Migration studies Migration studies were performed by using the Roche xCELLigence System (Roche Diagnostics, Indianapolis, IN, USA). The system consists of plates of modified Boyden chambers, with upper and lower chambers separated by a cell-permeable membrane lined with electrodes. Cells are seeded into the top chambers, and candidate chemoattractants are placed in the bottom chambers. As cells migrate across the membrane, they contact electrodes, which the system reads as migrating cells. MVC, MP, SVC and Sup were added to the bottom chambers. MP and Sup samples were added at 100 lg/ml, and MVC and SCV samples were added at identical volumes to MP and Sup samples, respectively. Cells (40,000 per well) were added to top wells, and the plates were scanned every 15 min for 24 hrs.

Live cell imaging Endothelial cell cultures were incubated with CellMaskTM Orange (Invitrogen; 7 lg/ml) for 5 min at 37°C, washed extensively with PBS, and fluorescently labelled MPs were collected as described above. Labelled MP solution was diluted 1:100 in SF PF medium and administered to

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J. Cell. Mol. Med. Vol 18, No 12, 2014 MSCs cultured on Mattek Dishes. MSC/MP cultures were analysed with a custom-built live cell imaging system based on the Nikon sweptfield confocal microscope. Images of the MSC/MP cultures were taken every minute for 2 hrs, beginning at the time of MP-administration.


Flow cytometry quantification of biomolecular transfer from EC MPs to MSCs

Endothelial cell MPs were observed by negative staining and transmission electron microscopy as intact membranous structures (Fig. 1A). The majority of isolated EC MPs (71%) were between 50 and 115 nm in diameter (Fig. 1B), and, therefore, within the size ranges of both ectosomes and exosomes, but not apoptotic bodies [31, 51]. To aid in making this distinction, EC MPs were analysed for the presence of various organelle markers (Fig. 1C). Ectosomes, which originate from the plasma membrane, are reported to include membrane, endoplasmic reticulum (ER) and cytoplasmic components [49], while exosomes, originating from intracellular MVBs, are reported to include endosomal and lysosomal markers [34, 49, 52]. EC MPs were also analysed for nuclear and mitochondrial markers, which are expressed by apoptotic bodies [51]. The EC MPs isolated as part of this study were positive for the ER marker calnexin, the plasma membrane marker caveolin and the cytoplasmic marker GAPDH. The EC MPs were negative for the nuclear maker HDAC1, the endosomal marker RAB5, the mitochondrial marker ERAB and the lysosomal maker LAMP-2. These results suggest that the EC MPs used in this study were ectosomes and not exosomes or apoptotic bodies. Interestingly, the EC MPs were positive for the peroxisomal marker catalase, which is in agreement with previous reports that describe catalase expression by ectosomes [53]. All of the markers tested were expressed by the parent ECs, while none of these markers was detected in Sup samples.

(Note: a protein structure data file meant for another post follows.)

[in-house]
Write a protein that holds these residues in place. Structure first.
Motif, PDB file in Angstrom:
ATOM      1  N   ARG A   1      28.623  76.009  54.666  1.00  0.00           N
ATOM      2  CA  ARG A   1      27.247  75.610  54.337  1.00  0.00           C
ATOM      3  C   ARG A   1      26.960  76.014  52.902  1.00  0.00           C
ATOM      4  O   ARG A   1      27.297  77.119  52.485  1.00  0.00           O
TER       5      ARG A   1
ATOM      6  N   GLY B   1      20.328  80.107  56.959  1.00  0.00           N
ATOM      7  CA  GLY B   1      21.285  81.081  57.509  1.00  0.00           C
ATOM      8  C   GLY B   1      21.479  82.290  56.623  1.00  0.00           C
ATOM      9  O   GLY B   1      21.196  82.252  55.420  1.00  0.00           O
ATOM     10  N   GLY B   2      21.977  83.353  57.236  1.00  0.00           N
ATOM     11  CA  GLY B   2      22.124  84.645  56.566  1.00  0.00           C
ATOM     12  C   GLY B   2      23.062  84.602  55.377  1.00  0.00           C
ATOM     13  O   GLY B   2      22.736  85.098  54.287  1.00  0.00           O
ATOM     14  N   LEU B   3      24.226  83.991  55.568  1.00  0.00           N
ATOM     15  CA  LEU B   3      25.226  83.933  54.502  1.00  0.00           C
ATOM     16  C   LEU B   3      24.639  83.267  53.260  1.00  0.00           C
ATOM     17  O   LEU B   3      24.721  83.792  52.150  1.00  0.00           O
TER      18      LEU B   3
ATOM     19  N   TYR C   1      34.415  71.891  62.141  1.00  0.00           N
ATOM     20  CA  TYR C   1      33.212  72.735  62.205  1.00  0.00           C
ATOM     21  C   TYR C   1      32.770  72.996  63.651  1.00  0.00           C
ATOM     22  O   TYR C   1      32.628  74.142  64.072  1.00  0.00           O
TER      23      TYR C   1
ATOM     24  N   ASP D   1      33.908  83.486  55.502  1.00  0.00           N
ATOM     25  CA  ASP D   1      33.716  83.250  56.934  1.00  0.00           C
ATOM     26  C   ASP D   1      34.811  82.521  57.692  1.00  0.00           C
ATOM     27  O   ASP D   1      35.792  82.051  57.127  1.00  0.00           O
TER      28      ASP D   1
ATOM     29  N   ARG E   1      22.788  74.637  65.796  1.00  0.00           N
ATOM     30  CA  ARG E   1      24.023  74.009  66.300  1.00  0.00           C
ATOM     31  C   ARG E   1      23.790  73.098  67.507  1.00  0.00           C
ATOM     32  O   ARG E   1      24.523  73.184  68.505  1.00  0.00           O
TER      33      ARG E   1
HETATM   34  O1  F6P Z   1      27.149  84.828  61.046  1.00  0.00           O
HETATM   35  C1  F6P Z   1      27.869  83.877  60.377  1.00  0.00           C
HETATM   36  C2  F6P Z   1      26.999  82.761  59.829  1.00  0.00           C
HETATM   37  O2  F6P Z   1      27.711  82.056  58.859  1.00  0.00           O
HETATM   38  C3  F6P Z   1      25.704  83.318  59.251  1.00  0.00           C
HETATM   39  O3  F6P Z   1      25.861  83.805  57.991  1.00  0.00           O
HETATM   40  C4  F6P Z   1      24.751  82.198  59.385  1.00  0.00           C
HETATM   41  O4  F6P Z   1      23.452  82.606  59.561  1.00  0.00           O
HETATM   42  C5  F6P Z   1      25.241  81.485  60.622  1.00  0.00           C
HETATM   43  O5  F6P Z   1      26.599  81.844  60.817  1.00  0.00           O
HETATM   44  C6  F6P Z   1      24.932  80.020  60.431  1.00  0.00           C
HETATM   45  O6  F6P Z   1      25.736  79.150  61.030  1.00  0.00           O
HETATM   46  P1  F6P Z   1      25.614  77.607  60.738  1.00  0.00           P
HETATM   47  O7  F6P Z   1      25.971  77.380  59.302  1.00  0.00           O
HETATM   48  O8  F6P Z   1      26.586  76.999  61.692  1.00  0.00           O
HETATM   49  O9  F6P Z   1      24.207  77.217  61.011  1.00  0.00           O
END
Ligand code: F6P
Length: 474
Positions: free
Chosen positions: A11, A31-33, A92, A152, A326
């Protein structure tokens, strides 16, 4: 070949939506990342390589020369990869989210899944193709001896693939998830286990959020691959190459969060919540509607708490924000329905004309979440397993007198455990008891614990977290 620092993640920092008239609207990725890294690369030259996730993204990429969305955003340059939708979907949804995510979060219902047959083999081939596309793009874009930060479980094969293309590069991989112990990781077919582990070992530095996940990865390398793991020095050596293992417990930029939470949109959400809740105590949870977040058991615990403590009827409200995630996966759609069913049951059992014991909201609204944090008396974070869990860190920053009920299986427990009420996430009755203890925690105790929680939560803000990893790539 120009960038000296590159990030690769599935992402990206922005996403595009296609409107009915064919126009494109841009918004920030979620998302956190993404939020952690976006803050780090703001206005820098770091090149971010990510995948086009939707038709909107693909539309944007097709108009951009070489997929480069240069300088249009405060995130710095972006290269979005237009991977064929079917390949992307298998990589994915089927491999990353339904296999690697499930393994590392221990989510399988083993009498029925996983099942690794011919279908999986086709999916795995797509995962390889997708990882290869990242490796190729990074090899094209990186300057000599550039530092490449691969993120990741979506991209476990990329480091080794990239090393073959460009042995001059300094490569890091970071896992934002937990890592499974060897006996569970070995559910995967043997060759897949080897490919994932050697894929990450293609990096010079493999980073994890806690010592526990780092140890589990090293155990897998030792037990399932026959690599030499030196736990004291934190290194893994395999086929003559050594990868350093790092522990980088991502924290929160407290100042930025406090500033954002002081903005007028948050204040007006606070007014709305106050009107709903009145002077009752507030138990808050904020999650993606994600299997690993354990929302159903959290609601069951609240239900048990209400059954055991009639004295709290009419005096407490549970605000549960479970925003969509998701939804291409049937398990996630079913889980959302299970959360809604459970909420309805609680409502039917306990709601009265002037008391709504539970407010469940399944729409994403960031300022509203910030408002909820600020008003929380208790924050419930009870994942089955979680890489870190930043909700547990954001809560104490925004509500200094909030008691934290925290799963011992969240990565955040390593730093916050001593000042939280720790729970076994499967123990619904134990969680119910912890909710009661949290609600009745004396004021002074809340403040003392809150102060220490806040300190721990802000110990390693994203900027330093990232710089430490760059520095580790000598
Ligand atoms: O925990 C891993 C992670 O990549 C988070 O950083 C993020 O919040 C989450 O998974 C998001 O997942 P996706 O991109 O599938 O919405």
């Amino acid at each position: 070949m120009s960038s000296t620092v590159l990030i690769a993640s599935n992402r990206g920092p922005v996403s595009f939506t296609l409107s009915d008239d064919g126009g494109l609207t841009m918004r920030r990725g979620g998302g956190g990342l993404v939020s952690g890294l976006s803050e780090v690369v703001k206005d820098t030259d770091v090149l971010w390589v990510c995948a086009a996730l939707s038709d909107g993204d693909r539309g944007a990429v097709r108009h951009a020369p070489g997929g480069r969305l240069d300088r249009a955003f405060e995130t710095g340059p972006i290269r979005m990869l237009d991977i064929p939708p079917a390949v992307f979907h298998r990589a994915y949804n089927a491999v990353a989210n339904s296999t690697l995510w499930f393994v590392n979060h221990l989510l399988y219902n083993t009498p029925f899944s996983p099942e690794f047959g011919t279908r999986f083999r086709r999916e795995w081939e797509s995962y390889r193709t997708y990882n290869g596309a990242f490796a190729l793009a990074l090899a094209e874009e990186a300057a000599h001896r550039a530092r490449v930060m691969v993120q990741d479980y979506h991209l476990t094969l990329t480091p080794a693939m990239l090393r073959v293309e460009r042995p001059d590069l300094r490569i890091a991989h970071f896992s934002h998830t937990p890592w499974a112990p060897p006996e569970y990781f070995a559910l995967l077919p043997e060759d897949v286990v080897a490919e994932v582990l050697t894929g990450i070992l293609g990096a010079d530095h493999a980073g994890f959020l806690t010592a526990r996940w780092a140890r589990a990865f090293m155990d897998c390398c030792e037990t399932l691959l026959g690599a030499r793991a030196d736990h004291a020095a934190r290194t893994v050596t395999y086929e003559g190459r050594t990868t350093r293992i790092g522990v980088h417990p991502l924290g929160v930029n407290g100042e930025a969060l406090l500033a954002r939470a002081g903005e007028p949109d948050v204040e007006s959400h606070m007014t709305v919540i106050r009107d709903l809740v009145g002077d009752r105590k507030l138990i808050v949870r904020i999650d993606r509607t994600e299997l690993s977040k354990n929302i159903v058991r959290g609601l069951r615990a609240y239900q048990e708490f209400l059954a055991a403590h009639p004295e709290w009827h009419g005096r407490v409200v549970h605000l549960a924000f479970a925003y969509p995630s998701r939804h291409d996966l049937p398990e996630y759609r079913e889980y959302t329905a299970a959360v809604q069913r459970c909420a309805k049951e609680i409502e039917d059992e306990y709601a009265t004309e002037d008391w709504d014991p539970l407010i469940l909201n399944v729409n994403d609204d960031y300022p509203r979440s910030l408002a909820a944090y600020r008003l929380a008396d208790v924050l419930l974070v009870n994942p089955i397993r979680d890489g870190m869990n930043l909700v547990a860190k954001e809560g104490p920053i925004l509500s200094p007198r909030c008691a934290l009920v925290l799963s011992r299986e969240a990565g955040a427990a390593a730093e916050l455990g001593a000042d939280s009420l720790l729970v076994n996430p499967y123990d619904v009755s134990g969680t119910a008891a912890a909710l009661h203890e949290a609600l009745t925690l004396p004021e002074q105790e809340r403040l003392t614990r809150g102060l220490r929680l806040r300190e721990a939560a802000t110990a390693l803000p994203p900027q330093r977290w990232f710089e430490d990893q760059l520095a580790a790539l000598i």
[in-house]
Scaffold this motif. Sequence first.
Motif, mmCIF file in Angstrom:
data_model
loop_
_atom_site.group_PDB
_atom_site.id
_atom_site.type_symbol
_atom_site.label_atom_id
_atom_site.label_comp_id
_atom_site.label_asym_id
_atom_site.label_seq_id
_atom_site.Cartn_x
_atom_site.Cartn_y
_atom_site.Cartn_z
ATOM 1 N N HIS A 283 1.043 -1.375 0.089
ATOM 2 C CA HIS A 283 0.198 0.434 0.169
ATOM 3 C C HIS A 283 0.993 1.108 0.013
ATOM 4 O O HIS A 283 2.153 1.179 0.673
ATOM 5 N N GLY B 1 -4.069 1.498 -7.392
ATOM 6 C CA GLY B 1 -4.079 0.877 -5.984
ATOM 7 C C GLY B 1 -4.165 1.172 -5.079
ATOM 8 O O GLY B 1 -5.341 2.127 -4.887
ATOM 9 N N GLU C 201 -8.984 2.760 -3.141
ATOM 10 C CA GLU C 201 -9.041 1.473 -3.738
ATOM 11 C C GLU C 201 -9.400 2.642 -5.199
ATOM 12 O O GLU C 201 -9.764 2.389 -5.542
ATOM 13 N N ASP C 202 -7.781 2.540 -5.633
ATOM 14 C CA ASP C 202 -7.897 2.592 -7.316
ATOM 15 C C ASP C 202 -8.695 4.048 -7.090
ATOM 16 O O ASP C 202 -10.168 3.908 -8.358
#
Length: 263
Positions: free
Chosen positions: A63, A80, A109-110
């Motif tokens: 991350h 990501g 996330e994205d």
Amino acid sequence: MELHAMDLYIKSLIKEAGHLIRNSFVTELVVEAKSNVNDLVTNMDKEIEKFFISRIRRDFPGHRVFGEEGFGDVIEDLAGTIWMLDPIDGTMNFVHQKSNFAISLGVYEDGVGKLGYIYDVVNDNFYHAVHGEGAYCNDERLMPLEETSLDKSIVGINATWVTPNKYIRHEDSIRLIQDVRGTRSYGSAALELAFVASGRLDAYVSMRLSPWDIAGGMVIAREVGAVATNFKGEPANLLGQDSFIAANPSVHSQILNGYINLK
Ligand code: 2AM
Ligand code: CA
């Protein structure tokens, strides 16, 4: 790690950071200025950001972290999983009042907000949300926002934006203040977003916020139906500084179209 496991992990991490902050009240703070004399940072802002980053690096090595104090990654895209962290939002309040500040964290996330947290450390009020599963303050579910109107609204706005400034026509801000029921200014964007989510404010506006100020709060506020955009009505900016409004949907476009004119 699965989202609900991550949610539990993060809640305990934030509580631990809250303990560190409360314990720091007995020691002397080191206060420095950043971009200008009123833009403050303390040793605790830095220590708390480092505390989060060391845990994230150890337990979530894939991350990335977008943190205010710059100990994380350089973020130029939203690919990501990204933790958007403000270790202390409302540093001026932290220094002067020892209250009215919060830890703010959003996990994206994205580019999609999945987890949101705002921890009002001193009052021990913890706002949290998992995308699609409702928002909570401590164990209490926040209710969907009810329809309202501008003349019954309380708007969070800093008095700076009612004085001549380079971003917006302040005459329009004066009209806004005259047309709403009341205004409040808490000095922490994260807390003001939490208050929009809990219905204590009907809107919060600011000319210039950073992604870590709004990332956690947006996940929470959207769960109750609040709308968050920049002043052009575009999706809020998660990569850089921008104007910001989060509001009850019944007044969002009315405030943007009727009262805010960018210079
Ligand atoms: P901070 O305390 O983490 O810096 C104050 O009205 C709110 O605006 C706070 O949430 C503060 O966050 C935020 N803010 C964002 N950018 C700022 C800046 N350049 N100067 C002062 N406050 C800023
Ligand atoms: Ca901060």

Confluent EC cultures were incubated with DiD (Invitrogen) diluted 1:200 in SF PF medium for 25 min at 37°C, washed extensively with PBS, and DiD-labelled MPs were collected and used to treat MSCs as described above. MP-treated MSCs were washed 5 times in M199 medium, collected by trypsinization, fixed with 4% paraformaldehyde, incubated with 5 mM DAPI for 10 min, resuspended in PBS/1% FBS and analysed with a BD FACSAria II for DAPI (405k laser, 450/50BP filter, Vi-1 detector), GFP (488k laser, 530/30BP filter, Blue-1 detector) and DiD (640k laser, 670/30BP filter, Red-1 detector) fluorescence.

Statistics Each sample was analysed over 3–5 experimental replicates. Quantified results are expressed as the mean  SD, and significant differences among experimental conditions were determined by two-tailed Student’s t-tests for two-group comparisons or ANOVA for multiple group comparisons. Significance was considered at p < 0.05. Experiments involving MSCs were repeated with cells isolated from at least 2 patients. Results from the same representative patient are presented.